From United States:
My child just turned three and has had diabetes for 14 months. She will be starting pre-school in a year and to think about that is like a nightmare for me. I'm still very uneasy with her diabetes. She takes 15 units of Lantus and is on a sliding scale with NovoLog. Her blood sugar still goes up and down so much. I check her sugar anywhere from 20 to 25 times daily. Her A1c is always good. The last time we went to her doctor in January, her A1c was 6.4.
I am just very uneasy with this whole situation and I want her to go to school and be with her friends, but, at the same time, I want to home school her. I have thought about an insulin pump, but I don't know if it will be more stress in my life. As it is, I barely sleep. I get up at least six times at night to check her sugar in her sleep. I want to take care of her the best way possible, but I want her to have a life. I never let her out of my sight because I'm still so scared. Do you think the pump may make our lives easier?
I have my daughter on herbal things like DHA, bitter melon, alpha lipoic acid, and primrose oil. Do you think this is okay?
These are all questions for you to ask your diabetes team. I know school is frightening for every parent. The ADA and Children with Diabetes web site have extensive information on schools. The ADA has a safe at schools task force. You are not alone. Become informed and you can safely have a child at school.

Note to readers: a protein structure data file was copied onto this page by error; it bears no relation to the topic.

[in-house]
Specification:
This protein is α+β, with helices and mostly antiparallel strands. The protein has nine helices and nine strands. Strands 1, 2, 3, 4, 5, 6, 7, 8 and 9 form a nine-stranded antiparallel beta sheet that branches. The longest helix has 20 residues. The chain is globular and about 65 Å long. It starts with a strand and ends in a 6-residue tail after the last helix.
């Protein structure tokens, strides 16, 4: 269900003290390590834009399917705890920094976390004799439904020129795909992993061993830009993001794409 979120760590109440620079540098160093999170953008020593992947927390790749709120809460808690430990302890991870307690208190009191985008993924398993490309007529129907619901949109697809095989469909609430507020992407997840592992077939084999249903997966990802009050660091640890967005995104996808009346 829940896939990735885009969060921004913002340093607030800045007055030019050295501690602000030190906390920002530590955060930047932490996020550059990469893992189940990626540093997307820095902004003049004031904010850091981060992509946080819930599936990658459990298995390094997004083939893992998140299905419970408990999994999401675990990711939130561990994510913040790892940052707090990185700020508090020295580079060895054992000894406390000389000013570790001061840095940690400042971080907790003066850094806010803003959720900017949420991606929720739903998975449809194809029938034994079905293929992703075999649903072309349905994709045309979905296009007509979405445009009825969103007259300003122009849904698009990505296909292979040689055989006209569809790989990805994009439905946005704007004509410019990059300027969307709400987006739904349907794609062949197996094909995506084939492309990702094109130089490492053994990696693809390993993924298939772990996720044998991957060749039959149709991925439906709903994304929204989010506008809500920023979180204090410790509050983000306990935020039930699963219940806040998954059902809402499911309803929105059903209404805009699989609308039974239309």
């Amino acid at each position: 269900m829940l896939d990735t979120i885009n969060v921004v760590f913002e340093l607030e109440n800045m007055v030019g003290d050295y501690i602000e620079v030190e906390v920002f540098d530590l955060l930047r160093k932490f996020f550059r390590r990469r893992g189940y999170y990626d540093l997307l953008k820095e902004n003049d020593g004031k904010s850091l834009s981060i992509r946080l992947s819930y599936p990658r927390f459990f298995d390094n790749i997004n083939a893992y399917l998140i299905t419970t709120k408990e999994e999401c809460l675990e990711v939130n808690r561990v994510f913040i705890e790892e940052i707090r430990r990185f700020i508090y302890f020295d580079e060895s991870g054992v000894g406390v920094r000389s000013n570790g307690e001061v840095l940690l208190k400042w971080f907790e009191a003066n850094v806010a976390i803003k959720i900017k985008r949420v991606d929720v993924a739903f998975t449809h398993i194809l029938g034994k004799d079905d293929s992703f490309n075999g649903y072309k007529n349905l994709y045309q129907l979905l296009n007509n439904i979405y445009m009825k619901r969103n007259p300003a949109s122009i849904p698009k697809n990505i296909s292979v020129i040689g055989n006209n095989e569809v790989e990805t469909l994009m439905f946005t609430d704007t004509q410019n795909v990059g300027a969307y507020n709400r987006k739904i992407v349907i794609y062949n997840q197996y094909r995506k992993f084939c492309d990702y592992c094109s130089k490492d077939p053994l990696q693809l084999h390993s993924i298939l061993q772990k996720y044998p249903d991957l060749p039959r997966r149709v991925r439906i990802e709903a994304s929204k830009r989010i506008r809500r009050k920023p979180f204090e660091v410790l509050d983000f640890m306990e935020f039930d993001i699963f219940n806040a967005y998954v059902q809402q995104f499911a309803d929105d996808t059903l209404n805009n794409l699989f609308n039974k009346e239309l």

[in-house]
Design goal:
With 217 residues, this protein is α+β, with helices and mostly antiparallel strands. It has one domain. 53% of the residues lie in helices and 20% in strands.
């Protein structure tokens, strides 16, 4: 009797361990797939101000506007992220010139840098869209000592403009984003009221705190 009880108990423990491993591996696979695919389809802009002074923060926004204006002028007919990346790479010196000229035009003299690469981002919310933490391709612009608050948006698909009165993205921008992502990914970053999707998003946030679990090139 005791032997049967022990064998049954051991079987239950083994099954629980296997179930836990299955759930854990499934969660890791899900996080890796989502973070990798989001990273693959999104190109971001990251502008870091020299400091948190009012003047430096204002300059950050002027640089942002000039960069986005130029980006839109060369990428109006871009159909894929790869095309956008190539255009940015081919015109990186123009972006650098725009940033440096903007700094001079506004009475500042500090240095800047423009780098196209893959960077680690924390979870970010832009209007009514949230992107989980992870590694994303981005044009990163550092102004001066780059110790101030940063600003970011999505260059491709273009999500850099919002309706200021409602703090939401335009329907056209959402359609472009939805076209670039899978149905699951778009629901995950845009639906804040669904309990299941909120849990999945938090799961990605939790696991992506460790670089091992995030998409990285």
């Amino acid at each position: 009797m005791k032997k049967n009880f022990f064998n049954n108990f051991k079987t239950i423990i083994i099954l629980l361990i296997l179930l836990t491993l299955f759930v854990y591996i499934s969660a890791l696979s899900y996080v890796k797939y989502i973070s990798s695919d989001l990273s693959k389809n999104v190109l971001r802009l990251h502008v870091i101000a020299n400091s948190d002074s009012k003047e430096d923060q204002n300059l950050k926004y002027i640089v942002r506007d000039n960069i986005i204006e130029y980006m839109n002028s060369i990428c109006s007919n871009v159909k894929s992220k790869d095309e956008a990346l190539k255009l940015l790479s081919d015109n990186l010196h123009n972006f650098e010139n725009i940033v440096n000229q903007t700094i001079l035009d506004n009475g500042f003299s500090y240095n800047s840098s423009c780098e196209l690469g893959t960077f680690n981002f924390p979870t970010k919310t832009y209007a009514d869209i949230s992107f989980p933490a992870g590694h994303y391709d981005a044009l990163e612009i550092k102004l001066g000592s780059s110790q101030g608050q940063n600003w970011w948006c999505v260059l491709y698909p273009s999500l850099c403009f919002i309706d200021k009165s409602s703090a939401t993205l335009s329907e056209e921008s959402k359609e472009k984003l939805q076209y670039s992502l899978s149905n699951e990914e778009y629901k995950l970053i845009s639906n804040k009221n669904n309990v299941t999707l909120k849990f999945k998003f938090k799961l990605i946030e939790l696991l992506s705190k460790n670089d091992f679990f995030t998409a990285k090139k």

As to the pump, again, you should talk to your child's diabetes team. They know you and your child best.
We, as doctors, need to have some way to give advice. All of the listed are medicines...really medicines. Penicillin comes from mold. Our cholesterol drugs started out as extracts of certain plants. The standard today is a randomized clinical trial. Without one, a doctor is on a slippery ground to recommend drugs...again to stress, these are drugs.
[Editor's comment: Please review our previous questions to find information about the herbal supplements you are giving you daughter.
My daughter was diagnosed when she was 24 months old, so my husband and I faced the same concerns you are now facing when she first went to school many years ago. The best thing you can do is to work with your school's staff to ensure that they understand the symptoms of both low and high blood sugar and how to respond. For some parents it is extremely difficult to let go, even a little, but it is essential for your daughter's growth that you do so. You might want to see if your daughter's diabetes team has a counselor or social worker with whom you could speak about your fears. BH]
Original posting 1 Aug 2006
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